An increasing number of printers are opting for LED curing technology regardless of the printing process. Here, Phoseon Technology looks at the opportunities to increase revenue with more press uptime, less maintenance and the ability to print on films and other heat-sensitive substrates.
Regulation is one of the main factors set to drive UV and LED curing technology forward. Legislative and non-governmental organisations worldwide continue to address concerns around products containing mercury, such as traditional arc lamps.
The European Union’s ‘Reduction of Hazardous Substances’ (RoHS II) places emphasis on finding suitable alternatives to mercury-containing devices, while the United Nations’ UNEP programme targets the removal of mercury. Many people in the industry predict the European Commission will begin limiting traditional lamp usage, starting first with smaller systems then working towards larger systems in ensuing years.
The return on investment can also be quite fast; users have reported saving more than
$20,000 per month after adopting LED curing technology.
KEEPING IT COOL
The output of a UV LED system is a narrow band of usable UV energy that does not emit infrared or harmful UV-C. Without emission in the infrared range, UV LED systems have the ability to print on heat-sensitive substrates that are not feasible with traditional arc lamps. Without the UV-C, there is no ozone creation, and therefore no need for air ducts or ventilation. Being a solid-state device, UV LED systems are instant on/off with no warm-up time. All of this results in savings of up to 70 per cent on electricity.
LED cooling is very important for UV light sources. UV LEDs transfer about 15-25 per cent of the received electrical energy into light. The remaining 75-85 per cent is transferred as heat, thus the need to cool the LED arrays. Currently, UV LED arrays are cooled with either air or liquid. It is important to note that as the LEDs emit higher output power, the more heat is generated. In the race to build ever-higher irradiance products, the ability of suppliers to control and remove heat has become more crucial to building reliable systems. As the quality of LEDs improves and the irradiance increases, so does the need to remove the heat. OEMs and end-users do not want to spend more on the LED cooling of the light sources.
With no IR heat, converters using UV LED technology can run thin and heat sensitive film, which adds new capability to the press. The amount of intensity to shrink film gives increased capability and more colour options. Metallic colours such as silver and gold have excellent depth and brilliance.
Examples of new capability generated from LED technology: Higher quality opaque whites and dense blacks with stronger depth cure; multiple thick layers cured all the way through with good inter-layer adhesion; expanded potential in cold foil adhesive offerings; UV adhesives, both for lamination and pressure sensitive adhesives; low migration/food packaging.
LED LIFETIME RELIABILITY
If architected correctly, LED light sources can have exceptionally long lives. Improved thermal management has helped to avoid overheating, and offer high quality UV output for a longer period of time. Similar to the lighting industry, LED curing technology has been proven to be extremely reliable and customers can reap the benefits of the technology.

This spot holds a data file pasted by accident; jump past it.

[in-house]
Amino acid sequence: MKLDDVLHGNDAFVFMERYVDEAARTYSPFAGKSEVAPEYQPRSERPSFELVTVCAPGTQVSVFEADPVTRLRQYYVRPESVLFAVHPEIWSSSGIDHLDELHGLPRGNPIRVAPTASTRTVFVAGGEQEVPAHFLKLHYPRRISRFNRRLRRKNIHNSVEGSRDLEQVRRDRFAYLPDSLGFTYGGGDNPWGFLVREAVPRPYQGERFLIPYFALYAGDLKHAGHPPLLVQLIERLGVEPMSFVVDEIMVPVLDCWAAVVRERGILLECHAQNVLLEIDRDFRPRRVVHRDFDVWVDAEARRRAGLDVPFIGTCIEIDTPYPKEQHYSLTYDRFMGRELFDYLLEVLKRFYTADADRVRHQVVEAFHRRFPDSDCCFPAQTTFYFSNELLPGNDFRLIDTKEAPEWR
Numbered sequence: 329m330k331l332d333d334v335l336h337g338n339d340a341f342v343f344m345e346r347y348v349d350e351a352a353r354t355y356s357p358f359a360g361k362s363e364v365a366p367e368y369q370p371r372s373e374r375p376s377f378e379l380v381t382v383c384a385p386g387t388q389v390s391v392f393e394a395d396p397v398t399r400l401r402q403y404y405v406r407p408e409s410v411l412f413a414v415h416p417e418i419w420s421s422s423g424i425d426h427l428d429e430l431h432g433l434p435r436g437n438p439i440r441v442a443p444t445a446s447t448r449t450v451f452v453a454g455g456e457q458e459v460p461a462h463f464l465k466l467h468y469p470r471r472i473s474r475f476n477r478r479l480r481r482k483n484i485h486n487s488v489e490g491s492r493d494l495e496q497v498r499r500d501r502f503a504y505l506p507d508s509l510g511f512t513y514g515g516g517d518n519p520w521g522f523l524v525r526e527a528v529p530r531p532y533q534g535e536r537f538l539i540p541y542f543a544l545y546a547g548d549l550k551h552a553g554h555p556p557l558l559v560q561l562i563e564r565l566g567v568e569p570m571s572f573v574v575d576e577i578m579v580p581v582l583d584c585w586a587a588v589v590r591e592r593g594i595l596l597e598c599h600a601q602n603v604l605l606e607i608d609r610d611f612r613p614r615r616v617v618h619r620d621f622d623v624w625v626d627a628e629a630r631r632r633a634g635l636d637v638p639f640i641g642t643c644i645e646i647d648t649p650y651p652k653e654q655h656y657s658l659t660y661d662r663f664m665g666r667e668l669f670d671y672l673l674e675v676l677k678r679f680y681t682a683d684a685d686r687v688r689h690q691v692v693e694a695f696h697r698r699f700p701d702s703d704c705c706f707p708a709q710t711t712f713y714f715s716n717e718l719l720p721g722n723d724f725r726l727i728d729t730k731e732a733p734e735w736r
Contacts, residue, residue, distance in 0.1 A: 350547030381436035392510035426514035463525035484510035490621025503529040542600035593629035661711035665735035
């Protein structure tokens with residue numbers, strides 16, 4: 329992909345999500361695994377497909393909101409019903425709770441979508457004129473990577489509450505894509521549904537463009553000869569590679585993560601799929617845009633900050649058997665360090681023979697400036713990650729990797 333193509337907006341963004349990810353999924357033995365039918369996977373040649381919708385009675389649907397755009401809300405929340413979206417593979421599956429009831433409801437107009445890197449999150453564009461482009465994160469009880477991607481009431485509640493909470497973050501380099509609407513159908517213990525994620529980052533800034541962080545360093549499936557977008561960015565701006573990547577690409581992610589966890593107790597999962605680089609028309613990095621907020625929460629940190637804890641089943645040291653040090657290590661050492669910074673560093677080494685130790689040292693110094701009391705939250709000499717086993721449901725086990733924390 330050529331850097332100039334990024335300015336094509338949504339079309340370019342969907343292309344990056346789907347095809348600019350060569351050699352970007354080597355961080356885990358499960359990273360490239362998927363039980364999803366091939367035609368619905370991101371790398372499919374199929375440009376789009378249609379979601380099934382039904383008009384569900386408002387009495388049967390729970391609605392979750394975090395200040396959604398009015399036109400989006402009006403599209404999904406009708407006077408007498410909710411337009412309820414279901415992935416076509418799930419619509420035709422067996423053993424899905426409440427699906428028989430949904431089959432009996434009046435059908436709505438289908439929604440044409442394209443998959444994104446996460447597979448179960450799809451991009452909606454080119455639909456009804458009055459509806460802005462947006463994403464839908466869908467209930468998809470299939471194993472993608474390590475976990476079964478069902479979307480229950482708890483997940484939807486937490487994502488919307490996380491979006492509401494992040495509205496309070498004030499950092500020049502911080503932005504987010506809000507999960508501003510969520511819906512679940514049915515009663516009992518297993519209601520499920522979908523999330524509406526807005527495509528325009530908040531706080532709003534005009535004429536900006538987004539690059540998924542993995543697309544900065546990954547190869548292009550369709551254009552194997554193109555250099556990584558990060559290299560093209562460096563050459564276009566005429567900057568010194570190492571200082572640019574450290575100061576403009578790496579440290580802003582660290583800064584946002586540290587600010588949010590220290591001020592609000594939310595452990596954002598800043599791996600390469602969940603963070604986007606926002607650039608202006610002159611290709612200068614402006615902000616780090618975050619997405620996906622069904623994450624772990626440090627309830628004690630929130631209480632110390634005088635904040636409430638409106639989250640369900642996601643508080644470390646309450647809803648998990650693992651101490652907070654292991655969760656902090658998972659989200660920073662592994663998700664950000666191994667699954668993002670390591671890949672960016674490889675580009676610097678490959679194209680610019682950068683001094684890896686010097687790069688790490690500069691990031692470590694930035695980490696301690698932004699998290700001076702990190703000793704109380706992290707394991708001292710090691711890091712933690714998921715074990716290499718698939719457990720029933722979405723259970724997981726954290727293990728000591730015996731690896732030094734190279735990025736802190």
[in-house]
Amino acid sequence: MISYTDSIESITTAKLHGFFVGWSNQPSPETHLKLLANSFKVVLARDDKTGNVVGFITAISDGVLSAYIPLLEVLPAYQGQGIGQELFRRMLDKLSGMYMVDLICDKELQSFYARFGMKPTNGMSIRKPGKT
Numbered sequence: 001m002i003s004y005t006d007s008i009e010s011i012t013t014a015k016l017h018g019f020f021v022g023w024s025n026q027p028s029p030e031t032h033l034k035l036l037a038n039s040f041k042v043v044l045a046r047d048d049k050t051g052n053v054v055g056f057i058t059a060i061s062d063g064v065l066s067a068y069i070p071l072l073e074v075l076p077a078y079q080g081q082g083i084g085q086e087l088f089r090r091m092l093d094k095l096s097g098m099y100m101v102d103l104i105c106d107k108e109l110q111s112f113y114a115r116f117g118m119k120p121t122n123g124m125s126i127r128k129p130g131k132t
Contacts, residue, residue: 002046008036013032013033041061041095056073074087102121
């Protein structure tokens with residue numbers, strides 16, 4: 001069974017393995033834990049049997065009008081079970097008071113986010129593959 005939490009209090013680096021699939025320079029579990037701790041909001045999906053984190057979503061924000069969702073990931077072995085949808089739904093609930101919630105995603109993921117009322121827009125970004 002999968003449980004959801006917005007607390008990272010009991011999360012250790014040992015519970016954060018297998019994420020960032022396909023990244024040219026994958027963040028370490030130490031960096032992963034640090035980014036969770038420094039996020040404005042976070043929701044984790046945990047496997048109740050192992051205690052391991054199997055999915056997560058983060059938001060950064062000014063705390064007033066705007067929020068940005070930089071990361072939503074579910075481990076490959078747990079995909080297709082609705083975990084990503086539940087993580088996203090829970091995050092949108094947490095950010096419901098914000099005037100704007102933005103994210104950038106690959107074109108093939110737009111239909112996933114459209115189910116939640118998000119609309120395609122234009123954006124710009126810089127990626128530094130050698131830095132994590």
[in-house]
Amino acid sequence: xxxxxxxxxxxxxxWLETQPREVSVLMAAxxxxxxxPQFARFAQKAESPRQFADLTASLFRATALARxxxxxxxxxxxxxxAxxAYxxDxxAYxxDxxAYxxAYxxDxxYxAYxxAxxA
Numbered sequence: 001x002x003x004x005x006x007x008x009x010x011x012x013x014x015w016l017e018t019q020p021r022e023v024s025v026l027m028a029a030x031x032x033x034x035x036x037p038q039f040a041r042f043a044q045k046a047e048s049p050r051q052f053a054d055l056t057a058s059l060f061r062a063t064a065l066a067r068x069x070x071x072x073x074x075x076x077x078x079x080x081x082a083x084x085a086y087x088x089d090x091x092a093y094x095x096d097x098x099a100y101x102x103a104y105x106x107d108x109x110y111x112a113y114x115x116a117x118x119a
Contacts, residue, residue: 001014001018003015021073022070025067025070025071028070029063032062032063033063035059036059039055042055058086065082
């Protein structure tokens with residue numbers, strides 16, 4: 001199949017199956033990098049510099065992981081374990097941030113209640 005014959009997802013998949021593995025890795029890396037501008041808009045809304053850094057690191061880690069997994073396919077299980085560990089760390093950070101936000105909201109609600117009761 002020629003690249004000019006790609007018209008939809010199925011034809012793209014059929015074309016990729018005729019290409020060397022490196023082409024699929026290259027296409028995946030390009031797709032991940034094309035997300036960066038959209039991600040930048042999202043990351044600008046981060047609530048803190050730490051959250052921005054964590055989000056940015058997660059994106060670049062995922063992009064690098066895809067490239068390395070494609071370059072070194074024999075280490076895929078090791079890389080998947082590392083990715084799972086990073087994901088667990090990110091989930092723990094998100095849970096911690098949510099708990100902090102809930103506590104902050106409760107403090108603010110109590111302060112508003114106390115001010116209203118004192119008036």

Even though LED technology is reliable, it is important to keep in mind that LED light sources are not created equally. Suppliers have significant architectural and implementation decisions that impact their product’s performance. The end result will be a LED curing system with optimised LEDs, arrays, optics, and cooling for a specific application. Knowing how to characterise the performance allows the user to identify the best overall system to meet their needs.
Traditional mercury lamps may last up to 3,000 hours, but properly managed LEDs will last over 50,000 hours. With impressive efficiency and longevity, LED technology is poised to be an energy efficient technology. However, if the light sources are not cooled properly, they will have a much shorter lifetime and will be less reliable. Before choosing an LED supplier, ask them for data on the lifetime of their lamps to make sure they are proven to be reliable.
In 2015, Phoseon Technology announced that the lifetime testing of its lamps had surpassed 50,000 hours of operational ontime with lamp irradiance being greater than 80 per cent of its original output when the test first began over five years ago. For perspective, utilising a single shift workweek of 2,000 hours per year, 50,000 hours equates to 25 years of UV LED operating on-time.
Phoseon maintains over 50 UV LED curing lamps in various stages of lifetime testing at any given time. These light sources are stressed with decreased air flow, high temperatures and other parameters that mimic the harsh working conditions of industrial UV LED curing equipment.
The long lifetime of these products showcase Phoseon’s commitment to supplying high-performance, highly reliable light sources. The technology embedded in today’s UV LED lamps is built on this foundation so customers can be assured of many years of high-quality curing.
In addition to lifetime testing, Phoseon’s reliability programme consists of Highly Accelerated Lifetime Testing (HALT), Failure Modes and Effects Analysis (FMEA), and a manufacturing burn-in process where each product is built, calibrated, burned-in and recalibrated before customer delivery.Tags: UV LED Curing for Printing Applications | UV LED Curing | Converter Magazine
Categories: Printing, Digital | Printing, Flexo | Printing, Screen